I’ve discussed my struggles with body image and relationship to exercise in previous blogs. When I discovered Kristin Neff‘s work on self-compassion 6 years ago one of the first big revelations was that trying to stay motivated by berating myself was an ineffective strategy to achieving my health goals. I’ve done a lot of work in this area and I have experienced some success. I can honestly say that I usually motivate myself with compassion and rarely ever beat up on myself. But there is one sticky area. I have never completely given up monitoring my weight and feeling discouraged or jubilant in response to the number on the scales. I’m consistent with a healthy diet and exercise regime and my weight has remained stable for about 5 years. If I am really strict with myself and restrict carbs I can lose about five pounds but I always come back to the same weight range as soon as I start eating normally. Sometimes up a couple pounds and sometimes down.
I bought some clothes a few weeks back and it must have been during one of those times when I was down a few pounds. The clothes were a little snug, but I told myself that I was doing well with my diet and exercise and I would likely lose a little more. So I bought several articles that are too small. Now every time I put these clothes on I feel uncomfortable and unattractive since all of my bulges are showing. While reading Brene Brown’s book Dare to Lead and reflecting on the tight new clothes I suddenly realized “OMG - I feel like I am not enough as I am”. Here I am, a 56 year old self-compassion teacher, still making purchases for the body that I intend to have in the future! Still not accepting my body as it is today. It’s so humbling to discover yet another layer on this shame onion!
But it’s ok. As Brene says – shame cannot survive when you take it out into the light, acknowledge it, share it and realize that you are not alone. Everyone has shame. This is our common humanity. And I know the antidote to shame is self-compassion. I recognize that I’m not alone with shame related to my beliefs about my weight – lots of women feel this way. I can become more mindful and name it when shame happens and then choose to respond to myself with kindness.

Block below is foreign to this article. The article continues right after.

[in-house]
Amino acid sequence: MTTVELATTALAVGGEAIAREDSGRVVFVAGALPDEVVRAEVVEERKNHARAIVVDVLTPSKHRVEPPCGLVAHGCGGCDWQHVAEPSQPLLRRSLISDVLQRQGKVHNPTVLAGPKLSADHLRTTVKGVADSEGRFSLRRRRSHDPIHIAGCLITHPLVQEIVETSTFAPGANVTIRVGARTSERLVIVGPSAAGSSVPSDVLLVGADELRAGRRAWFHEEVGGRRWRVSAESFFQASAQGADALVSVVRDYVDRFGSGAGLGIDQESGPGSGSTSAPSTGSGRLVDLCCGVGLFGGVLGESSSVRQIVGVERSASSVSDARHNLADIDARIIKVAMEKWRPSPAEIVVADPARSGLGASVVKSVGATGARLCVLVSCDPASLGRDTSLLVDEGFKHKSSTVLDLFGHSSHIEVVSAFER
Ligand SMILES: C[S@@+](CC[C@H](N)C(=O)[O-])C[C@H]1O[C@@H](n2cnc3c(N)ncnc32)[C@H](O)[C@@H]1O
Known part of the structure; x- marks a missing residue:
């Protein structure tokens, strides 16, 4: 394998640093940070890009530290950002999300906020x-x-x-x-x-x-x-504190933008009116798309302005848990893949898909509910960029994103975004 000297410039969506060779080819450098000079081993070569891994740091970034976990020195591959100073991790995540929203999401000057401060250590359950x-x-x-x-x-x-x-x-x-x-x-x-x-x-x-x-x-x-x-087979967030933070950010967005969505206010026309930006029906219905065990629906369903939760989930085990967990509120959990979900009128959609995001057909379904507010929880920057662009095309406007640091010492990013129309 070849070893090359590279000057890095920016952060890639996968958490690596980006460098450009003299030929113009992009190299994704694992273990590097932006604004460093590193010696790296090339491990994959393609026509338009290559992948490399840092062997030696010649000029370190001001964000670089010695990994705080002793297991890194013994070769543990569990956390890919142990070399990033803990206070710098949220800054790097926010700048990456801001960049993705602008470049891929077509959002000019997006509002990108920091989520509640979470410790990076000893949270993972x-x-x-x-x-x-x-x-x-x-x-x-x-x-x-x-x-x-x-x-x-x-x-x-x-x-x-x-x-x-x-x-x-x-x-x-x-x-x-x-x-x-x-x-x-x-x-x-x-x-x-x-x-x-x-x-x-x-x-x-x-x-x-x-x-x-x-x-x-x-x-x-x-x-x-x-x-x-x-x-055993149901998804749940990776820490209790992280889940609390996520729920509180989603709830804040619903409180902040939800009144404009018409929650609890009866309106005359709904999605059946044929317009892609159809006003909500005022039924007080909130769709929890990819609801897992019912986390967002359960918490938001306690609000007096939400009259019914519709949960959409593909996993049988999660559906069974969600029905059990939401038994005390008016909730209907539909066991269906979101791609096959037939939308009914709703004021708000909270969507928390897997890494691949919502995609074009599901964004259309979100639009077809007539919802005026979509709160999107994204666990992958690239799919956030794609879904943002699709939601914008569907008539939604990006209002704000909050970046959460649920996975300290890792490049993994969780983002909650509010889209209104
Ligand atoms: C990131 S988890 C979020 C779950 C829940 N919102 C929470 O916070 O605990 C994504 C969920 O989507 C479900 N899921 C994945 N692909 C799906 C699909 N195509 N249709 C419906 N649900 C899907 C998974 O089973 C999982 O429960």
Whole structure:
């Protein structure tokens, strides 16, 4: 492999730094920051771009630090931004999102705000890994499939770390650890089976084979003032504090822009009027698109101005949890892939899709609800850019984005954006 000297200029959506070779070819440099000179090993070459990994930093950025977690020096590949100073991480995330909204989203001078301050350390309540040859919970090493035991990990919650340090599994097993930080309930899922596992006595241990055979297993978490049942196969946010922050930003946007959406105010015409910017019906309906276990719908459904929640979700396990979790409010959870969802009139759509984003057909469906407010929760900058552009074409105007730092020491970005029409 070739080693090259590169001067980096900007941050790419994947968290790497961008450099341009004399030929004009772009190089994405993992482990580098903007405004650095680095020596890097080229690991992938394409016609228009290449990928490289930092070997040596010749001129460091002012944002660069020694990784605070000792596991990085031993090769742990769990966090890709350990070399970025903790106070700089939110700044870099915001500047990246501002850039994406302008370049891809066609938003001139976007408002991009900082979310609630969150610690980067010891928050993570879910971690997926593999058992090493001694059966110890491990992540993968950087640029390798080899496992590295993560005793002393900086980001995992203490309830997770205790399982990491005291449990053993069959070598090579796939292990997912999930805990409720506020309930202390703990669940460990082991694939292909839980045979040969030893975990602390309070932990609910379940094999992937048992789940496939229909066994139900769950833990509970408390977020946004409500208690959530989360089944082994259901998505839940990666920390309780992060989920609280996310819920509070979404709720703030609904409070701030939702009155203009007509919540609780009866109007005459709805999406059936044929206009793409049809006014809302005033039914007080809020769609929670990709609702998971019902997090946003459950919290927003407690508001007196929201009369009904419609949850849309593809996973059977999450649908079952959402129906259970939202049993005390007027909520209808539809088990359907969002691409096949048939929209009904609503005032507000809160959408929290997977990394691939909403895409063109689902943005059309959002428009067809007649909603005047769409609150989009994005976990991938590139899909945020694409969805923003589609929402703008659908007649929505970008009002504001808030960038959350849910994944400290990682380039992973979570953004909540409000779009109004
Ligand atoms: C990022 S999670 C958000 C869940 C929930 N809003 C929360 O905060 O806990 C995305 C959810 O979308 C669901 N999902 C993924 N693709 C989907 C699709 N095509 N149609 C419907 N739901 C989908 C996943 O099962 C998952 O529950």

So today I’m revealing another layer on my shame onion. This layer was developed by a lifetime of self-critical thoughts and cultural messages that said my inability to make my body perfect made me not enough. I will speak about this shame with all of you and I will bring it out into the light. I’ve decided to make a vow to give up the ever present goal to lose ten pounds and this will be a hard habit to break. I have shared this vow with friends and with my personal trainer. I want to cherish and be grateful for my health and level of fitness that my body has today. I want to know that I am enough – just as I am.
If this resonates with any of you please drop me a line. I’d love to hear from you.
With Kindness, Patricia
What do you think about the phrase “Self-Compassionate Christmas”? Does it sound like an oxymoron? I know it sounds strange – after all, the holiday season is traditionally the season of giving; a time when people demonstrate great generosity and compassion for others. I’m not suggesting that we throw all of those lovely giving traditions aside – I just wonder if we could put our own health and well-being on our list of things to do this year.
We can start by tuning into how we are feeling right now. Can you take a moment to check in with yourself? Ask yourself if you are feeling anxious or like you are under pressure over the holiday “to do” list. The presents to buy, the decorating, the food and the expectation that you will see every one of your friends and family within a four week time span (really daunting for those of us who are introverts) – it can all seem like just too much. If you notice that you are feeling stressed and pressured, perhaps this is a good time to implement some self-compassionate strategies.
There are two sides to Self-Compassion – the Yin and the Yang – and we need both in equal measures to truly feel equanimous in times of stress. Today I thought we might explore using our Yang Self-Compassion. While Yin compassion is soothing and nurturing, Yang is more motivating and action oriented. Yang compassion allows us to see and feel our own “inner truth”, what we value and our
knowledge about what we really need to be healthy. Yang self-compassion motivates us to be self-protective when we are getting pushed (or are pushing ourselves) to do the things that aren’t good for us. It can help us to set boundaries and take protective measures to conserve our time and energy. In short, Yang self-compassion empowers us to say “NO”!
So, getting back to that “to do” list. How could you make any one of the things on your list a little bit easier and align more fully with your priorities or values? What if you could limit your time (and plan an escape route) to 30 minutes while visiting with a friend or relative who is always so negative and critical? Could you say “No thank you” to one of the parties that are back to back on Christmas Eve? Could you schedule one afternoon or full day doing exactly what you would like to do with your nearest and dearest during the holidays? Could you honour your own spirit by starting a ritual that would really nurture your soul this holiday?